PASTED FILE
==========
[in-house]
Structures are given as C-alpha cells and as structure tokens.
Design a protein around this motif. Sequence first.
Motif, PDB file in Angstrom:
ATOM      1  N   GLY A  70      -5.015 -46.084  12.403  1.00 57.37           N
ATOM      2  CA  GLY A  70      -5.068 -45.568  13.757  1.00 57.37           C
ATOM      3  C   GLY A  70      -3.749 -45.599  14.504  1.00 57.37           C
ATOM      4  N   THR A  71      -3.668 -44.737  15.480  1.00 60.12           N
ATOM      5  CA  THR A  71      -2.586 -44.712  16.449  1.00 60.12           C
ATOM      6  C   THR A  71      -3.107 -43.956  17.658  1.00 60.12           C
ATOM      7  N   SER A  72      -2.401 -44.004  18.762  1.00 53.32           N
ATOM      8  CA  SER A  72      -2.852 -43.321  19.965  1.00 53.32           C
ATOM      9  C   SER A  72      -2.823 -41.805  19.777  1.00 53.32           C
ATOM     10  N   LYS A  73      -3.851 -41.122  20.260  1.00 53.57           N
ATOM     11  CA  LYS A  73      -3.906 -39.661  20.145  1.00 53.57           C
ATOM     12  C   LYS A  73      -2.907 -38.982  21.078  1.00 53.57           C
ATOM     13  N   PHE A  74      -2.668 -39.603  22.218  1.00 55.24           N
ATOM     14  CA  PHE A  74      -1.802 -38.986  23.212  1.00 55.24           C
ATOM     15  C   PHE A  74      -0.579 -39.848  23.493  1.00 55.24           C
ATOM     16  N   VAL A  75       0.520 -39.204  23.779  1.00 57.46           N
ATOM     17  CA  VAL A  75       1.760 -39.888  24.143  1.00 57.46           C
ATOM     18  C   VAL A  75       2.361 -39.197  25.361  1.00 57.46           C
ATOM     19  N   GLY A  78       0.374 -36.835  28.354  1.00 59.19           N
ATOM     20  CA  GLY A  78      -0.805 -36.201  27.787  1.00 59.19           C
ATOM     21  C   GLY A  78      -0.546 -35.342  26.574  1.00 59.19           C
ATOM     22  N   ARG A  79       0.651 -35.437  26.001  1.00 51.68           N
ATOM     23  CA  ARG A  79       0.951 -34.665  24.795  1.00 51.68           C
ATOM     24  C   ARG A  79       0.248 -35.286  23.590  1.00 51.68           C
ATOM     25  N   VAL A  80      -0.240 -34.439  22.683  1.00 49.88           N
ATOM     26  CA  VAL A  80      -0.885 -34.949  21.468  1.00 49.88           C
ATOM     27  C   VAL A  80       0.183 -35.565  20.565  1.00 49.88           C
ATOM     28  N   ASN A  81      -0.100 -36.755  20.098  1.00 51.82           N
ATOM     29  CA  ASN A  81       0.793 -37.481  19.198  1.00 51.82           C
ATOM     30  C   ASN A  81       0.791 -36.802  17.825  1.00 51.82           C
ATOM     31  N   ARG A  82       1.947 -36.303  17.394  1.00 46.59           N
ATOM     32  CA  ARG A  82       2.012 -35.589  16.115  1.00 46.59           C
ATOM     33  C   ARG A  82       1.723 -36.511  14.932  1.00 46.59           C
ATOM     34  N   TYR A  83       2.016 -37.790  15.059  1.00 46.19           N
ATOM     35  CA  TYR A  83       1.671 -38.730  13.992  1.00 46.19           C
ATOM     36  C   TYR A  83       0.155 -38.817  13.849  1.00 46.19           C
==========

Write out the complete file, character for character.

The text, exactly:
[in-house]
Structures are given as C-alpha cells and as structure tokens.
Design a protein around this motif. Sequence first.
Motif, PDB file in Angstrom:
ATOM      1  N   GLY A  70      -5.015 -46.084  12.403  1.00 57.37           N
ATOM      2  CA  GLY A  70      -5.068 -45.568  13.757  1.00 57.37           C
ATOM      3  C   GLY A  70      -3.749 -45.599  14.504  1.00 57.37           C
ATOM      4  N   THR A  71      -3.668 -44.737  15.480  1.00 60.12           N
ATOM      5  CA  THR A  71      -2.586 -44.712  16.449  1.00 60.12           C
ATOM      6  C   THR A  71      -3.107 -43.956  17.658  1.00 60.12           C
ATOM      7  N   SER A  72      -2.401 -44.004  18.762  1.00 53.32           N
ATOM      8  CA  SER A  72      -2.852 -43.321  19.965  1.00 53.32           C
ATOM      9  C   SER A  72      -2.823 -41.805  19.777  1.00 53.32           C
ATOM     10  N   LYS A  73      -3.851 -41.122  20.260  1.00 53.57           N
ATOM     11  CA  LYS A  73      -3.906 -39.661  20.145  1.00 53.57           C
ATOM     12  C   LYS A  73      -2.907 -38.982  21.078  1.00 53.57           C
ATOM     13  N   PHE A  74      -2.668 -39.603  22.218  1.00 55.24           N
ATOM     14  CA  PHE A  74      -1.802 -38.986  23.212  1.00 55.24           C
ATOM     15  C   PHE A  74      -0.579 -39.848  23.493  1.00 55.24           C
ATOM     16  N   VAL A  75       0.520 -39.204  23.779  1.00 57.46           N
ATOM     17  CA  VAL A  75       1.760 -39.888  24.143  1.00 57.46           C
ATOM     18  C   VAL A  75       2.361 -39.197  25.361  1.00 57.46           C
ATOM     19  N   GLY A  78       0.374 -36.835  28.354  1.00 59.19           N
ATOM     20  CA  GLY A  78      -0.805 -36.201  27.787  1.00 59.19           C
ATOM     21  C   GLY A  78      -0.546 -35.342  26.574  1.00 59.19           C
ATOM     22  N   ARG A  79       0.651 -35.437  26.001  1.00 51.68           N
ATOM     23  CA  ARG A  79       0.951 -34.665  24.795  1.00 51.68           C
ATOM     24  C   ARG A  79       0.248 -35.286  23.590  1.00 51.68           C
ATOM     25  N   VAL A  80      -0.240 -34.439  22.683  1.00 49.88           N
ATOM     26  CA  VAL A  80      -0.885 -34.949  21.468  1.00 49.88           C
ATOM     27  C   VAL A  80       0.183 -35.565  20.565  1.00 49.88           C
ATOM     28  N   ASN A  81      -0.100 -36.755  20.098  1.00 51.82           N
ATOM     29  CA  ASN A  81       0.793 -37.481  19.198  1.00 51.82           C
ATOM     30  C   ASN A  81       0.791 -36.802  17.825  1.00 51.82           C
ATOM     31  N   ARG A  82       1.947 -36.303  17.394  1.00 46.59           N
ATOM     32  CA  ARG A  82       2.012 -35.589  16.115  1.00 46.59           C
ATOM     33  C   ARG A  82       1.723 -36.511  14.932  1.00 46.59           C
ATOM     34  N   TYR A  83       2.016 -37.790  15.059  1.00 46.19           N
ATOM     35  CA  TYR A  83       1.671 -38.730  13.992  1.00 46.19           C
ATOM     36  C   TYR A  83       0.155 -38.817  13.849  1.00 46.19           C